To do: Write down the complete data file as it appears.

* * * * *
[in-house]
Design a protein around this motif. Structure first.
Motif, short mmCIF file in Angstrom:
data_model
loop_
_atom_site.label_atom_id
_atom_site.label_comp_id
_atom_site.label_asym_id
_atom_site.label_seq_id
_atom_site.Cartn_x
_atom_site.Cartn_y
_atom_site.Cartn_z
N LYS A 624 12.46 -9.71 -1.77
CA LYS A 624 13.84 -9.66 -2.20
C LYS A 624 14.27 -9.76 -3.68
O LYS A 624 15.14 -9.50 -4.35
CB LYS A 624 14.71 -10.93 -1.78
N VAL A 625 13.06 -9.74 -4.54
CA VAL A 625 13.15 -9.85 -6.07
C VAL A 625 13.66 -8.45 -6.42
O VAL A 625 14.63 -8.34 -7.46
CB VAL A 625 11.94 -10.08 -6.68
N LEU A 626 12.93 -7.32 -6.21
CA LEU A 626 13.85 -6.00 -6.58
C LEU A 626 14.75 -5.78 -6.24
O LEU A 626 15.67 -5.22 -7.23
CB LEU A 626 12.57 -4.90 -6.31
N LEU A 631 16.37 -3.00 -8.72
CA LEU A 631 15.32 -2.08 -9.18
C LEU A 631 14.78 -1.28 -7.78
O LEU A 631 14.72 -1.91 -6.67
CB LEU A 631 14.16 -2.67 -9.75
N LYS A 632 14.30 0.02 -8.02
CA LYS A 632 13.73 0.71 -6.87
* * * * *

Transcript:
[in-house]
Design a protein around this motif. Structure first.
Motif, short mmCIF file in Angstrom:
data_model
loop_
_atom_site.label_atom_id
_atom_site.label_comp_id
_atom_site.label_asym_id
_atom_site.label_seq_id
_atom_site.Cartn_x
_atom_site.Cartn_y
_atom_site.Cartn_z
N LYS A 624 12.46 -9.71 -1.77
CA LYS A 624 13.84 -9.66 -2.20
C LYS A 624 14.27 -9.76 -3.68
O LYS A 624 15.14 -9.50 -4.35
CB LYS A 624 14.71 -10.93 -1.78
N VAL A 625 13.06 -9.74 -4.54
CA VAL A 625 13.15 -9.85 -6.07
C VAL A 625 13.66 -8.45 -6.42
O VAL A 625 14.63 -8.34 -7.46
CB VAL A 625 11.94 -10.08 -6.68
N LEU A 626 12.93 -7.32 -6.21
CA LEU A 626 13.85 -6.00 -6.58
C LEU A 626 14.75 -5.78 -6.24
O LEU A 626 15.67 -5.22 -7.23
CB LEU A 626 12.57 -4.90 -6.31
N LEU A 631 16.37 -3.00 -8.72
CA LEU A 631 15.32 -2.08 -9.18
C LEU A 631 14.78 -1.28 -7.78
O LEU A 631 14.72 -1.91 -6.67
CB LEU A 631 14.16 -2.67 -9.75
N LYS A 632 14.30 0.02 -8.02
CA LYS A 632 13.73 0.71 -6.87